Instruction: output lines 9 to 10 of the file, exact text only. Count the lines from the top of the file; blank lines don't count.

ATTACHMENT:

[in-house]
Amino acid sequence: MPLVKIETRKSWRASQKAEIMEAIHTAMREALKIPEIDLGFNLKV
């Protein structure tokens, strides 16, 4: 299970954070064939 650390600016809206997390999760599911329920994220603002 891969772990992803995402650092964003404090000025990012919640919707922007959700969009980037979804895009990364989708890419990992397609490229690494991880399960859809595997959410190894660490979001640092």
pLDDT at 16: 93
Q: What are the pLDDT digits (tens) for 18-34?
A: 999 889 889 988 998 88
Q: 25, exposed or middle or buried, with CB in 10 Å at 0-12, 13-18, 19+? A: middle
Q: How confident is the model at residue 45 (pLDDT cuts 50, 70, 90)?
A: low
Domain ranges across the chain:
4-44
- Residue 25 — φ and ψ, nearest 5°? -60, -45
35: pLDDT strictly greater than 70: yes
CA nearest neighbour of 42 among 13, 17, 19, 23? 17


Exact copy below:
A: low
Domain ranges across the chain: